Racism and Discrimination

    Some community leaders described institutional racism as an important factor that shapes adverse childhood experiences and trauma, access to jobs, educational experiences, housing, family cohesion, where residents can live, and trust towards the government, which they linked with health. One community leader shared, “We have to first accept that racism is real; we see it every day.” Some community leaders described community-based and faith-based organizations as bridges between historically marginalized groups and the government. Some community members cited incidents of hate, including verbal attacks and physical violence towards people of color and of non-Christian faith.

    Community Health Outcomes and Behaviors

    General Health Outcomes

    The leading causes of death in Travis County in 2020 were heart disease, cancer, unintentional injuries, and COVID-19. Life expectancy in Travis County and surrounding areas ranges from 68.6 years to 88.9 years, and is highest in northern and western census tracts. In 2018, 16.2% of Travis County adults reported fair or poor health. Almost half (47.3%) of LGBTQIA+ respondents reported poor or fair physical health. In 2020, on average LGBTQIA+ respondents reported 6.0 days of poor physical health in the last month. In 2019, 13.8% of Del Valle residents and 11.3% of Montopolis residents reported poor physical health for 14 days+ of the last 30 days, compared to 9.6% of Austin residents. Several community members and leaders described health as including happiness, quality of life, safety, spiritual well-being, access to healthy foods, an active lifestyle, and limited stressful life circumstances, which are referred to as social determinants of health.

    Maternal and Child Health

    In 2013-2019, the rate of births among females aged 15-19 in Travis County (23.8 per 1,000 population) was lower than the teen birth rate across Texas (31.4 per 1,000 population). The teen birth rate from 2013-2019 was higher for Hispanic/Latino teens (43.0 per 1,000 population) than other racial/ethnic groups. In 2019, 7.6% of infants in Travis County were born with a low birth weight.

    Chronic Disease

    About one-fifth (22.4%) of Travis County residents have been diagnosed with diabetes. From 2011 to 2019, a higher percentage of Hispanic/Latino residents and those aged 65 and over reported being diagnosed with diabetes compared to their counterparts. In 2017, the heart disease and stroke mortality rate in Travis County (121.6 and 28.8 deaths per 100,000 population, respectively) was lower than that in Texas (163.4 and 39.0 deaths per 100,000 population, respectively).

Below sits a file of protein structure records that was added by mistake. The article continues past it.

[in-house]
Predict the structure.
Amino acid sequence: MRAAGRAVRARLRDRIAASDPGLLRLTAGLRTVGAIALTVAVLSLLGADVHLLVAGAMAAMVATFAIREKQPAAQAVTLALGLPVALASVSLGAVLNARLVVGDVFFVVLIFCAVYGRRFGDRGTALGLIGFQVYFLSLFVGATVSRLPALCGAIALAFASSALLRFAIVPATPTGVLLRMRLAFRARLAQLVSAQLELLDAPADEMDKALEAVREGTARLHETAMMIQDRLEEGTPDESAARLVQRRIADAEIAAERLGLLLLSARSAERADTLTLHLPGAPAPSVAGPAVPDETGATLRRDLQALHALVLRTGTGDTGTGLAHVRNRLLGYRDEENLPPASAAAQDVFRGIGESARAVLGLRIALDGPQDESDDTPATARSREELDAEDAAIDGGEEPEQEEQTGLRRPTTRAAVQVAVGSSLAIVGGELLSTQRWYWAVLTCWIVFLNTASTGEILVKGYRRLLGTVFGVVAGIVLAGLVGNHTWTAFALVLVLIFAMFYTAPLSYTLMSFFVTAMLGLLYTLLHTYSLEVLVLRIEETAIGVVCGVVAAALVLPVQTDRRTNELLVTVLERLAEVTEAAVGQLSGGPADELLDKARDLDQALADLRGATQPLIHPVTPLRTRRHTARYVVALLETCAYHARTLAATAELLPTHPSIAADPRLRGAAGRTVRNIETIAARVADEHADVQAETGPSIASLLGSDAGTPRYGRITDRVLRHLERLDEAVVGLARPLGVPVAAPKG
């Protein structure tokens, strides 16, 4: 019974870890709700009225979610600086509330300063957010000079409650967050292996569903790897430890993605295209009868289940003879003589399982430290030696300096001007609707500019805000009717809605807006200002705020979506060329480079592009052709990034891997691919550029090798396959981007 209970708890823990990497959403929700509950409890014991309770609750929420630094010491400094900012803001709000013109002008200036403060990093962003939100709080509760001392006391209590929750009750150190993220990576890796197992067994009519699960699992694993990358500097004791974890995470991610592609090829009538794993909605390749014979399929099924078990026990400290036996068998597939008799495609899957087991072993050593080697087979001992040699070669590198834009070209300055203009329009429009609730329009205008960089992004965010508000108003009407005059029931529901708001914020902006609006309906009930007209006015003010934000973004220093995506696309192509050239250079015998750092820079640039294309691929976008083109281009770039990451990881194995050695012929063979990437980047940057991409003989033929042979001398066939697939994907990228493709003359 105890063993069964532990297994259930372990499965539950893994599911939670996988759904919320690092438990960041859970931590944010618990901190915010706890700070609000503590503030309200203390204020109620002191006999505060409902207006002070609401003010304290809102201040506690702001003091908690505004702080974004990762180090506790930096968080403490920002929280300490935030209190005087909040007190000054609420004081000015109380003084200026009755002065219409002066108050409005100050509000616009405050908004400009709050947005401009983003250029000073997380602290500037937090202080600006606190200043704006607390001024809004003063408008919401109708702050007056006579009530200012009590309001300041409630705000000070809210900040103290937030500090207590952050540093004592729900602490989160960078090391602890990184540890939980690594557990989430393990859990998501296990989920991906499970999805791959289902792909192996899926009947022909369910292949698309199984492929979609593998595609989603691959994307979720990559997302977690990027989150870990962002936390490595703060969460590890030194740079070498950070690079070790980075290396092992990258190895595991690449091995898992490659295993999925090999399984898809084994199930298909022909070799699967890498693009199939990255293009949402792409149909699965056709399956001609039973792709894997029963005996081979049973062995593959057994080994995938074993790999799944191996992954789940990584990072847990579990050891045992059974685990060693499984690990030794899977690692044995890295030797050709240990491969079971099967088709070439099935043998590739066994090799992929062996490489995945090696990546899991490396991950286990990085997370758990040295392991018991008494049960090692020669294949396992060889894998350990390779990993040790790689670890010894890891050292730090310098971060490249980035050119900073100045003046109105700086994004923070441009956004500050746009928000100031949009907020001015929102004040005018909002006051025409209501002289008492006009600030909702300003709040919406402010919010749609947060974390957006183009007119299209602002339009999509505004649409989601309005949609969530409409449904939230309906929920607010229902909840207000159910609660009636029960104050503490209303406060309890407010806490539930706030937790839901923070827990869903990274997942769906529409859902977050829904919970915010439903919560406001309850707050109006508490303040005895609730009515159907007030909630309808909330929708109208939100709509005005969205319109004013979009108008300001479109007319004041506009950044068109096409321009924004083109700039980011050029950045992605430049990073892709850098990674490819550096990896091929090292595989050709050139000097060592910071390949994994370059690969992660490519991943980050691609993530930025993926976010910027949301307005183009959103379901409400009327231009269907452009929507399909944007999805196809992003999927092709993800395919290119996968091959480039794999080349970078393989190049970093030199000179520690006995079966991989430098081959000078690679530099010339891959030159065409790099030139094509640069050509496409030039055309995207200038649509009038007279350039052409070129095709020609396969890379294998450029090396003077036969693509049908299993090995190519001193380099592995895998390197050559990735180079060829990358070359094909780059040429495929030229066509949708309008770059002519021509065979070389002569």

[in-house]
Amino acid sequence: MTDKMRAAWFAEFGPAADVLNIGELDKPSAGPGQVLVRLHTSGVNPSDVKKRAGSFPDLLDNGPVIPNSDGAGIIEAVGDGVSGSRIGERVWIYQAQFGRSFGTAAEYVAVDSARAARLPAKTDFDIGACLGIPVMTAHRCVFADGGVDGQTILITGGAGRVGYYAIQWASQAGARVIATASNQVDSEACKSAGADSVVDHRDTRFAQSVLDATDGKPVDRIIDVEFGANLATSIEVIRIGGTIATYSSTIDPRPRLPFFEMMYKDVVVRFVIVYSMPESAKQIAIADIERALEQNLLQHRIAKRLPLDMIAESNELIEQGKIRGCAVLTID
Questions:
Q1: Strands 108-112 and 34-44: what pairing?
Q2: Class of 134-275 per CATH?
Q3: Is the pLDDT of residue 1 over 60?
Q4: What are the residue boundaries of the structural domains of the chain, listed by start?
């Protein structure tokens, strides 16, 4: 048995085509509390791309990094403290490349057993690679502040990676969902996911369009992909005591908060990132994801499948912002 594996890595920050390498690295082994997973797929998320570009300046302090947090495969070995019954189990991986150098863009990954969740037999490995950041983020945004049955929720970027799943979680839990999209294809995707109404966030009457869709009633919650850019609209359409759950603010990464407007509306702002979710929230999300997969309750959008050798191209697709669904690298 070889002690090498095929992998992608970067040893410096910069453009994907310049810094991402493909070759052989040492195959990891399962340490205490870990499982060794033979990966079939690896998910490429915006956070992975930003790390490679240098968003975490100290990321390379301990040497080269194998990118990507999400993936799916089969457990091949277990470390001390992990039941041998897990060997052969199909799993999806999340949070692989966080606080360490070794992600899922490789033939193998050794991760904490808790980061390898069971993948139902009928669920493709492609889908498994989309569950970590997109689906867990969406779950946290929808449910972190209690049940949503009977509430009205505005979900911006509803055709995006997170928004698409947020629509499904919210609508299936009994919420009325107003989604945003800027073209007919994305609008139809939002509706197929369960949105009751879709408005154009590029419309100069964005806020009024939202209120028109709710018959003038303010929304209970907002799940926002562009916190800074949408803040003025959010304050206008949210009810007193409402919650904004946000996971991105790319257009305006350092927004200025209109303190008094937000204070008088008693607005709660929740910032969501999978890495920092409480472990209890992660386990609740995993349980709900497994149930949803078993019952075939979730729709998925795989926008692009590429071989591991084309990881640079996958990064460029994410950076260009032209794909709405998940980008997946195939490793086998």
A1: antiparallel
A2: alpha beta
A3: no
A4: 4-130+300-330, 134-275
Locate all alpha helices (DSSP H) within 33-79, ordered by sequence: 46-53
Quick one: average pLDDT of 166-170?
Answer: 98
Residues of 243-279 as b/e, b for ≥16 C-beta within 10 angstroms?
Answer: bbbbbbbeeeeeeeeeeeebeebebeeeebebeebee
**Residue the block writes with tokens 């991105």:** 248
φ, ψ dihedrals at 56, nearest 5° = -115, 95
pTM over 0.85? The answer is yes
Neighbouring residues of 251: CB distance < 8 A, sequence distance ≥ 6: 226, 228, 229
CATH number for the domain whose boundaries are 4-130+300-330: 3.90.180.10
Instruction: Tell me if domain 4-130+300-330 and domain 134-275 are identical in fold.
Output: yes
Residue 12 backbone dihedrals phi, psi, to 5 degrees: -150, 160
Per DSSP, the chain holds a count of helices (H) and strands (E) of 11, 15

Cancer

    Overall cancer incidence in 2013-2017 in Travis County was 391.9 per 100,000 population. Prostate and lung cancer had the highest incidence rates compared to colon and female breast cancer. The female breast cancer incidence rate in Travis County (32.5 per 100,000 population) was higher than Texas and the US (22.5 and 29.8 per 100,000 population, respectively). In 2017, the cancer mortality rate was lower in Travis County (117.0 per 100,000 population) compared Texas and the US (141.4 and 146.2 per 100,000 population, respectively).

    Behavioral Health Outcomes

    In 2017-2019, the rate of drug poisonings, also referred to as overdoses, was 12.6 deaths per 100,000 population in Travis County. Substance use disorders and mental illness are closely linked and often co-occurring. Among Travis County residents, the suicide rate was 12.2 deaths per 100,000 population and highest among males (18.5 deaths per 100,000 population) and White residents (17.1 deaths per 100,000 population) in 2016-2020. In 2020, a higher percentage of females (33.0%) compared to males (20.9%) reported poor mental health, and the prevalence of poor mental health days has increased overall for both genders. In the same year, a higher percent of Hispanic/Latino adults (31.5%) reported poor mental health compared to White (26.3%) and Black/African American (22.9%) adults. In 2020, the highest proportion of adults experiencing poor mental health was seen among adults aged 18-29 (32.6%) and 30-44 years of age (34.3%). Significant mental health needs, stigma around mental health, and limited access to mental health care were common themes among community members and leaders. Some residents perceived an increase in mental health issues during the COVID-19 pandemic, which they linked with the stress and trauma of the COVID-19 pandemic, social isolation, and economic suffering. One community leader shared, “Then we look at the physical piece: depression and anxiety are at an all-time high which affect our physical health. The brain-body connection is huge and I cannot stress that enough.”